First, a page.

The original post below is dated so I will try to explain anew the problems with these devices – crampbuster and similar.
At highway speed your throttle is rotated anticlockwise about 33-40 degrees. If mounted flat at closed throttle then they are facing too far down at highway speed.
For these devices to work as a wrist rest then at closed throttle they need to be angled as shown in image on right and not flat as shown in the promo photos.
If you have them angled up like this then its awkward and very easy to accidentally open the throttle when reaching for the brake as there is not enough space on the grip between the device the switch gear.
It’s probably hard to imagine until you try, I was told all this by people but went ahead and got the devices anyway then said Ah, now I see why people told me not to bother.
Excuse this rudimentary drawing as I try to illustrate the problem since I have already sold the devices. The marketing that you fit them flat and then can hold the throttle open is not the reality.
What would work better is if the wrist rest portion swiveled and sat parallel with the grip when not in use then could be rotated perpendicular when at highway speed but it would be difficult to engineer.
You probably are thinking well my throttle doesn’t turn that much when I am on the highway these things will work for me. I thought the same but found all the throttles on my bikes actually rotate that much. If you decide to try one get the most narrow model.
Hope this makes the problem with these things clearer – I wish I had taken photos of the devices while testing but never thought to write about them until much later. Original post now below.
Throttle Rocker Vs Crampbuster
Both are small devices that affix to the throttle grip suggesting you can hold the throttle open by your palm/wrist so you can release your grip around the throttle and stretch your fingers for a bit. However for this to work both need to be angled higher than horizontal due to the amount of throttle rotation needed for highway speeds which I found a problem when trying to use the front brake lever.
The Throttle Rocker is rounded down on the inside and this interfere less when the throttle is in closed position but still I found I needed it angled up and would occasionally accidently open throttle unintentionally. It fixes to your throttle grip with a Velcro loop which unfortunately just doesn’t manage to hold it in place for very long (flat rubber ring underneath might help). No matter what I did it kept coming loose.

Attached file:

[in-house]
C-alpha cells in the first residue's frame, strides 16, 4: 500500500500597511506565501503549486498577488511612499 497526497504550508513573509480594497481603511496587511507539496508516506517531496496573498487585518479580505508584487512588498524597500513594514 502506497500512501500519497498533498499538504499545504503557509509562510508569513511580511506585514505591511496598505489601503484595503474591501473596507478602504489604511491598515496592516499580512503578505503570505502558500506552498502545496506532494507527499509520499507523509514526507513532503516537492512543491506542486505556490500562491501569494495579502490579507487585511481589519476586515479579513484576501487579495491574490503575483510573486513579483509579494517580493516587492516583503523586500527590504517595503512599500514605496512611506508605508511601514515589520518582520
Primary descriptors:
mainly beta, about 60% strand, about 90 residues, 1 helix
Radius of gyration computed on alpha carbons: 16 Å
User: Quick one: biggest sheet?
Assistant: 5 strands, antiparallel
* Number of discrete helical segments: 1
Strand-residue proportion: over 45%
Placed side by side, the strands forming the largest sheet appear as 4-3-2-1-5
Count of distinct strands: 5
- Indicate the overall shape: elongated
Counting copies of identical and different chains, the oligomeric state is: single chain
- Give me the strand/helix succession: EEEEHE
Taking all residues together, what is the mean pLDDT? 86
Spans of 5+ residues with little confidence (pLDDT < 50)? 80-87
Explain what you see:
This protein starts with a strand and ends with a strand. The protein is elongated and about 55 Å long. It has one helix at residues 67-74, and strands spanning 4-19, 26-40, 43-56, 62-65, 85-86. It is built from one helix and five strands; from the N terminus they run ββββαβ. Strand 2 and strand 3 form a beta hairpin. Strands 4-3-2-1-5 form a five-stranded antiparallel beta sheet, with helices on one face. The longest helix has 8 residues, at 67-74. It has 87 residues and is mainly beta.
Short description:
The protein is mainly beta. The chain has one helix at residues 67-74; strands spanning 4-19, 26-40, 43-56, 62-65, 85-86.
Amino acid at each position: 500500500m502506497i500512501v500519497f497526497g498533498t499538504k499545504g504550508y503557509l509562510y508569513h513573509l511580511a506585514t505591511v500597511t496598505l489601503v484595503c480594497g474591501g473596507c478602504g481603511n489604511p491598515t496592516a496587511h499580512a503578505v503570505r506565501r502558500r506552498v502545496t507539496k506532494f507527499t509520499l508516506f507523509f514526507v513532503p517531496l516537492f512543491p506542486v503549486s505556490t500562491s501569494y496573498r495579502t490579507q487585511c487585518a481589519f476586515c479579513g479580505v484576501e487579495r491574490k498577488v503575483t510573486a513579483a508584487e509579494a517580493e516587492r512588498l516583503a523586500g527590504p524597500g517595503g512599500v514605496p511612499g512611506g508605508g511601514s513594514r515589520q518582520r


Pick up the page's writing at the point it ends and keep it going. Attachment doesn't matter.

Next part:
I purchased the Crampbuster last month for my Easter tour and it is affixed not by Velcro but rather by it being made of spring steel that you spread and push onto your grip. Once installed it can be rotated up but never down with how it is designed.
To work on highway the device still needs to be angled up at closed throttle and I found the Crampbuster often made me accidentally open the throttle and it was hard to reach around it to the front brake lever and not be opening the throttle which nearly caused an accident twice.
People say simply rotate the Crampbuster up and out of the way and later on highway rotate into place but I found it still was blocking some of the grip or interfering with the brake lever if pointed towards it. It really is an awkward device to try use however there is a thin version and perhaps this would be better.
My wide crampbuster had a very firm bite onto my grip and difficult to rotate while riding. It marked/scuffed my grip quite noticeably with just a couple of turns from the pressure it has. You will possibly ruin your grip by rotating it frequently.
Theses sort of devices in my experience don’t work. Still if you are in some pain touring then perhaps try the narrow model crampbuster but be aware of the issues.
Better solution would be just to stop for a few minutes break, this will also let you stretch legs and your bum from seat, get the circulation going more to wrists and give you better focus back on the bike. A few minutes stop will not blow out your ETA and will help you ride safer and arrive in better shape. Better than buying a crampbuster would be buy an insulated drink bottle or flask for those breaks.
Related to this I have also tried throttle locks, the Vista and Photon but these either have the bike slowing or accelerating giving no more than a couple seconds relief before you need to disengage.
As of 2014 I have electronic cruise control – there is no substitute but taking a regular break remains how I avoid fatigue on tour, I use cruise control more for avoiding speeding and for avoiding frustration when stuck on a divided one lane road with slow vehicles.